The 1945 eruption of Ruapehu volcano produced deposits of several milimeters thick throughout the North Island of New Zealand, which caused problems for the water supply in the town of Taumarunui (Johnston, 1997). Ash suspended in the Wanganui River, from which the town draws its supply, blocked filters at the supply's intake structure. Pumping was reduced from 90,000 litres/hour to 31,500 litres/hour (Wanganui Herald 26/11/45). Turbidity problems were also experienced in the Whakapapa Village stream-fed water supply, located at the base of the mountain, forcing the Chateau, which was a hospital at the time, to close. Further problems were reported 10 years later when ash that was deposited in 1945 on Mt Ruapehu's snow fields was washed into streams that fed the Whakapapa Village water supply (Houghton and others, 1987).
The 1969 Ruapehu eruption deposited 6-7 milimeters of ash over an areas that contaminated the water supply of Iwikau Village (located at the Whakapapa Skifield) (Collins, 1978). Water is drawn from the roofs of most of the buildings in the village. The drain pipes were cut after the eruption began, but a number of storage tanks were found to be contaminated. Acidity of the tank water ranged from pH 6 to 4.4, and excessive fluoride concentrations (6.0 ppm) were measured in one tank. Also, Whakapapa Village received 1-6 milimeters of ash causing the pH of the stream fed water supply to drop to 5.3 and the turbidity to increase markedly. The Taumarunui Borough found for a short period after this eruption that the pH of their water supply dropped to 5.6 pH and turbidity was high.
During the 1995-96-eruption sequence of Ruapehu, volcanic ash was dispersed over a wide area of the North Island. Contamination of water supplies was a common concern, and the public was advised to disconnect roof-fed water tanks as a precaution (Johnston et al., 2000). In some cases this proved to be very difficult to accomplish, especially newer enclosed systems. The Department of Conservation disconnected roof-fed water supplies at many of the huts in the Tongariro National Park. Many communities initiated special or enhanced monitoring of their water supplies due to the potential for ash contamination. In some cases, extra supplies were stored.
For example, at the Waiouru Military Base water was stockpiled in jerry cans, rubber bladders and fire engine tanks and the stream supply was monitored regularly (New Zealand Herald, 27 October 1995). In October 1995 the Rotorua District Council constructed enclosures (costing $120,000 NZD) over the Rotorua city and Reporoa spring supplies to mitigate the potential of ash contamination (Johnston, 1997). This was to prove valuable in protecting the supply during the 17 June 1996 ashfall. However, Rotorua almost ran out of water after the ashfall when a resident washed ash into a power transformer. The transformer subsequently exploded, cutting electricity to the town's water pumps. Furthermore, the cleanup efforts of the city's residents almost drained the water supply; the district council imposed a hosing ban until the power supply was restored to the water supply headworks (Daily Post, 19 June 1996). On 17 June 1996, the water supply from the Raymond Dam in the Western Bay of Plenty was disconnected for four hours after the ashfall, while water analysis was carried out. The supply feeds Pukehina, Maketu, Pongakawa and Paengaroa and Te Puke. Some areas were without water for several hours (Bay of Plenty Times, 18 June 1996) but supplies were fully restored by the following day.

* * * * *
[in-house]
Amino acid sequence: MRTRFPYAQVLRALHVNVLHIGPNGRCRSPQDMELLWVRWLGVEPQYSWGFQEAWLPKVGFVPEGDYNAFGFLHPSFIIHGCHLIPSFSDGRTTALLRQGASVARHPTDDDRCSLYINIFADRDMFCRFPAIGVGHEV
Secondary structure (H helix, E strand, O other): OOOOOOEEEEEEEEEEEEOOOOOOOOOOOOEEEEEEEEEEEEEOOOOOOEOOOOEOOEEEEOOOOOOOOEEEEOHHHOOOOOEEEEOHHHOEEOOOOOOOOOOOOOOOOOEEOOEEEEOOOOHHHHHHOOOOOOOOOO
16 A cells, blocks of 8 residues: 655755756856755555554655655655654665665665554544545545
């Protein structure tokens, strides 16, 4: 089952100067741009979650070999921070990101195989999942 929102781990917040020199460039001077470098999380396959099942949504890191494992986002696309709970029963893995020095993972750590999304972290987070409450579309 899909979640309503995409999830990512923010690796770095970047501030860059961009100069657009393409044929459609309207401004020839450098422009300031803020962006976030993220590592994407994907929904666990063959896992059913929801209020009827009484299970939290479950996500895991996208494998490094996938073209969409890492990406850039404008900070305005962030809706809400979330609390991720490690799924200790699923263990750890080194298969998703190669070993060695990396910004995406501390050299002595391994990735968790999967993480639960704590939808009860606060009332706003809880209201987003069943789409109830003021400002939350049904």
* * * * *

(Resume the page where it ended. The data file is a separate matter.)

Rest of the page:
Air travel was the most widely impacted form of transportation (Johnston, 1997). Airspace was restricted due to ash clouds and sulfur dioxide hazes, resulting in re-routing and cancellation of many flights. Due to constantly changing ash clouds, regular pilot briefings on the stateof the eruption created an additional workload for all parties involved. Airlines suffered a lot of additional costs due to increased fuel usage and flight times. At any one time, during the eruption sequence, up to 13 airports were impacted, either closed or disrupted.
During and following periods of intense ashfall, visibility was reduced on the roads. Desert Road, adjacent to the volcano, was closed 3 times during the 1995-96-eruption sequence. Each of these were followed by rainfall creating a ash-sludge on the road that required clean up and diversions. It is worth noting that the number of disruptions was only minor compared to the annual disruptions from snow and ice. Rail was not disrupted during the eruption sequence (Johnston, 1997).
There were only a few claims for building damage (~25) with most of these for non-structural elements such as guttering and water pump damage. There were a few reports of structural damage; the majority of these came from buildings on the flanks of the volcano. Many building operators and owners enforced mitigation measures such as shutting off air conditioning units. Ski operators ensured ski lifts were turned of and motors covered. Even with this measure in place, there were documented cases of malfunctions due to corrosion and structural elements of the ski lift showing rust, requiring re-galvanizing (Johnston, 1997).